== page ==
Should New Converts Take the Bible Seriously?

I am challenged by Elder Patzer’s March editorial which suggests that we have scholars to wrestle with the hard biblical issues. The implication is “church leaders and members” are somehow inept at thinking critically about challenging theological concepts. Conversely, God does not relegate the tough issues to only the experts but in fact gives invitation for all to come and reason together (Isa. 1:18). Besides, the Jewish scholars had things in quite a mess by the time Christ arrived on the scene! Truth can always be found by anyone truly searching.

I am also troubled by his idea that our understanding of science should be “informed by theology” and not the other way around. He says unless we do this, our entire belief system might be jeopardized. While all scripture is inspired, its profitability is primarily toward righteousness (2 Tim. 3:16), not science. The inspired word was given to a variety of people with differing levels of experience. To suppose that only biblical science can adequately inform all aspects of contemporary scientific advances is naive. I agree with Galileo who once said, the Bible tells how to go to heaven, not how the heavens go.

Fred McGhee—Battle Ground, Wash.

In his editorial, Elder Patzer stated, concerning the idea that the creation of the sun and the moon were made after the creation of light, that, even “if it doesn’t make sense,” that we need to have faith. According to R. E. Hoen in The Creator in His Workshop p. 43, “Several scriptures which refer to this same creative act of causing the heavenly bodies to appear through the firmament employ the words prepare, appoint, ordain, and ordinance rather than the term create.” He means that the sun was already created before the fourth day but became visible on the fourth day. I think that makes sense. True science and revelation are always in harmony with each other but we need to study more carefully the Bible.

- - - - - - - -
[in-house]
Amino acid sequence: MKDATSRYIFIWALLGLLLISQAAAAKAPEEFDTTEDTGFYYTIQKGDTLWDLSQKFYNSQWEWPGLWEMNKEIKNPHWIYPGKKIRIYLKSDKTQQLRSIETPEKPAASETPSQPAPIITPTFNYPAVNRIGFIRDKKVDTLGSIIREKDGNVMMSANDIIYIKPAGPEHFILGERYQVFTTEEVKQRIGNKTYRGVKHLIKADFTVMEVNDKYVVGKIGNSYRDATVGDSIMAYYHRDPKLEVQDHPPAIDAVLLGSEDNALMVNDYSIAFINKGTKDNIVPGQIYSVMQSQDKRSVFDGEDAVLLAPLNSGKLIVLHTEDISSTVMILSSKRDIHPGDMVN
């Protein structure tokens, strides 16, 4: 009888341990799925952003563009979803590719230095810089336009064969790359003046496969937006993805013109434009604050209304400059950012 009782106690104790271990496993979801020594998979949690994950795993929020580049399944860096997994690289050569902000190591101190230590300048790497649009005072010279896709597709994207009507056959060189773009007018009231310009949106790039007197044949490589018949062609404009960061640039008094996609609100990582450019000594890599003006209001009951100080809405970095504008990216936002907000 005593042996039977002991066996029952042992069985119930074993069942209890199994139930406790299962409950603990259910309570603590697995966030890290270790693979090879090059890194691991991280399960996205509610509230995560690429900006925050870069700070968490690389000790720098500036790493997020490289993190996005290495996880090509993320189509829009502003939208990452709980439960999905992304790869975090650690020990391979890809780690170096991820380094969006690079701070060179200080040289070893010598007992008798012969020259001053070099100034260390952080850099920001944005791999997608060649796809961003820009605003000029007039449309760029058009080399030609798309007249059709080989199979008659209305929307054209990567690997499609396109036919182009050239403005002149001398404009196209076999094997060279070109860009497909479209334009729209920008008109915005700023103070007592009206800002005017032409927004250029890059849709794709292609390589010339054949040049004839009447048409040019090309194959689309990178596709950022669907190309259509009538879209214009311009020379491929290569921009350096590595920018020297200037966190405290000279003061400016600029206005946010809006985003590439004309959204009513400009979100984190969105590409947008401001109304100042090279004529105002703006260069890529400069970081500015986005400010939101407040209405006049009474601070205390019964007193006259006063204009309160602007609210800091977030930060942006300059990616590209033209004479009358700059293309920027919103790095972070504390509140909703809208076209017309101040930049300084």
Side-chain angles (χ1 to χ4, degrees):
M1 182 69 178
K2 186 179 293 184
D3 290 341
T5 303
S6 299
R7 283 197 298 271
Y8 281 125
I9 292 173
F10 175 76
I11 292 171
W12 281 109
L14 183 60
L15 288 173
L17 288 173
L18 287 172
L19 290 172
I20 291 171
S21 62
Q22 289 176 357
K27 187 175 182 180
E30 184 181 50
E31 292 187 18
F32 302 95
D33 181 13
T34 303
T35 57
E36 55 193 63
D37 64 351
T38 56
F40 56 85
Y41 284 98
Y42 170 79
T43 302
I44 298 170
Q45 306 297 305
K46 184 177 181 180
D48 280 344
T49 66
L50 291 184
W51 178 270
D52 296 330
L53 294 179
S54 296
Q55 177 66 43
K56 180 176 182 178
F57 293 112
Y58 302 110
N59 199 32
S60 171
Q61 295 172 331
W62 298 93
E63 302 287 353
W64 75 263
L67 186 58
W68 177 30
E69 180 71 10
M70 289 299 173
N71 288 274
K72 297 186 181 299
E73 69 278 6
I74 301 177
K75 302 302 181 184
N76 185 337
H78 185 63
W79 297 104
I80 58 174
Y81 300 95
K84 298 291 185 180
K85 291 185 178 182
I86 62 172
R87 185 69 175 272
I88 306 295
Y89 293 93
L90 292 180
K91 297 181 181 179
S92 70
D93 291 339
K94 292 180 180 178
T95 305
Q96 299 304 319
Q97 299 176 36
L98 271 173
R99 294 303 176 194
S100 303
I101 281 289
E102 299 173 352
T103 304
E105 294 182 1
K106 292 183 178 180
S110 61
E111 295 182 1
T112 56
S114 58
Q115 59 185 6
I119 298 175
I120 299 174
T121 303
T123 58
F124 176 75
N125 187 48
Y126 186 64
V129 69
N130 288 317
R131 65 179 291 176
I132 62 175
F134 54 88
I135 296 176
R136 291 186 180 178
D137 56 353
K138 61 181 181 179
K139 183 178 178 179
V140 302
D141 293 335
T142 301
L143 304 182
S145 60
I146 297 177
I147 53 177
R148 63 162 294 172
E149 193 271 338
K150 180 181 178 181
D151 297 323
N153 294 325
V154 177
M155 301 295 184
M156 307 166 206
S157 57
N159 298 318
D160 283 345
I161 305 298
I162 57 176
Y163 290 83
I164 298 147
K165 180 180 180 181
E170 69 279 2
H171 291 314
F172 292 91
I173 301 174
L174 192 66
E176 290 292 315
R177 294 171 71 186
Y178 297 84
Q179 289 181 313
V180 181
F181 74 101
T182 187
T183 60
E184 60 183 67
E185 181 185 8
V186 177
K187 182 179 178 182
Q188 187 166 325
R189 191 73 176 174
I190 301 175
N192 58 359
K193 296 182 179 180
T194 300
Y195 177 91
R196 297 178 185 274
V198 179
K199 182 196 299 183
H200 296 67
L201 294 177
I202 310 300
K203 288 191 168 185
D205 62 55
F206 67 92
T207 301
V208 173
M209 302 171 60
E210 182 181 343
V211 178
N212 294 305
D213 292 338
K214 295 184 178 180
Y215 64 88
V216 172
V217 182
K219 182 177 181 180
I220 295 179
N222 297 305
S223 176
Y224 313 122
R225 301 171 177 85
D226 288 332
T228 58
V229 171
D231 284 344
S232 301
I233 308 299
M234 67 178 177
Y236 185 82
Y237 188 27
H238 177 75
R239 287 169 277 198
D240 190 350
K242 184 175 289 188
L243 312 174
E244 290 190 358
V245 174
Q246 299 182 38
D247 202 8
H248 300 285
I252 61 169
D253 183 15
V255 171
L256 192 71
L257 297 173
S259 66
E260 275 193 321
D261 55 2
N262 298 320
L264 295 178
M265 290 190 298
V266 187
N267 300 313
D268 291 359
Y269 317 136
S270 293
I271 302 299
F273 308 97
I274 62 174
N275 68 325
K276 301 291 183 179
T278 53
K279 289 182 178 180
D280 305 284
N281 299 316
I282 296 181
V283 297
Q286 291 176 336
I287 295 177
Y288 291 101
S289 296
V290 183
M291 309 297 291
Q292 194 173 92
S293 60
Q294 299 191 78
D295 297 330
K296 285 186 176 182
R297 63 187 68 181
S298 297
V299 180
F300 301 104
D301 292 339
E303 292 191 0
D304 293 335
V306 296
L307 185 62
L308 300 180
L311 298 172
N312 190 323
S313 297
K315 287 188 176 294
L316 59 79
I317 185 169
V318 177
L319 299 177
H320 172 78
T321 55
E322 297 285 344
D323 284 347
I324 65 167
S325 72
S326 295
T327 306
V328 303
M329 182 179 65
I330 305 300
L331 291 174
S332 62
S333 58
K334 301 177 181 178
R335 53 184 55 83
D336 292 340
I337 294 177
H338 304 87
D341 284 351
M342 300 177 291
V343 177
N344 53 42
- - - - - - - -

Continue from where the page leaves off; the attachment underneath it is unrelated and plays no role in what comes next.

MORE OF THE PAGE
Jerry Prouty—Newman Lake, Wash.

Thanks for your editorial in the March GLEANER. I agree we should simply believe the Bible. We need to let our theology inform our science. God’s word must be first!

Gladys Grant—Kennewick, Wash.

It is obvious from the written and oral communication I’ve received from the March editorial that I touched a responsive nerve. Thank you for sharing your comments and rather than attempt to address the variety of points made by thoughtful readers, let me expand very briefly on my comments as a further statement of my beliefs.

It was the early Christian father Origin (AD 185–254) who was given credit as one of the first to advance the theory of the creation “days” in an allegorical or non-literal manner. A hundred years later the Latin father Augustine supported this concept based on a philosophic not scientific basis. This Alexandrian allegorical method of interpretation influences Catholic theology as well as other schools of thought still to this day.

Conversely in the sixteenth century the reformers again championed the authority of scripture in the literal sense. Martin Luther argued for the literal interpretation of the creation story when he said, “We assert that Moses spoke in the literal sense, not allegorically or figuratively.” It was thanks to these Reformers that the Scriptures regained their primacy and authority.

But this was not the end of the debate. For every biblical truth there is a counterfeit and so in the mid-1800s two widely-read authors came on the scene that still impact scientific and theological thought to this day—Charles Darwin with his Origin of the Species and Ellen G. White with her inspired theological insights. She wrote, “The work of creation cannot be explained by science” Ministry of Healing, page 414. And regarding apparent discrepancies between science and theology or the idea that some advocate that we have to put our science and religion in separate boxes, she comments, “True science and Bible religion are in perfect harmony” Seventh-day Adventist Bible Commentary, volume 4, page 1167. In further addressing this issue, it is significant that in speaking of the apostasy in Elijah’s day, which she paralleled with our own times she wrote, “The apostasy prevailing today is similar to that which in the prophet’s day overspread Israel . . . of the teachings of science above the truths of revelation, multitudes today are following after Baal” Prophets and Kings, page 170.

I’ve often thought that there may be some significance to the fact that when Christ, who was the only eyewitness of creation, walked the earth He did not find it necessary to make any correction to the understanding of the Genesis account. Additionally Paul, His contemporary, wrote, “All Scripture is given by inspiration” and if he were alive today I believe he might add, “and I still mean all.”

So in my mind it seems to come down to a choice of where to put my faith. When science, archeology, or any other discipline that tends to change from generation to generation seems to differ from the view of Scripture, I am safe in adhering to Scripture as the higher level of authority . . . along with Moses, Jesus, Martin Luther and the reformers, Ellen White, and a host of credible scientists and scholars.

Jere D. Patzer, North Pacific Union Conference president

April 01, 2003 / Intersections
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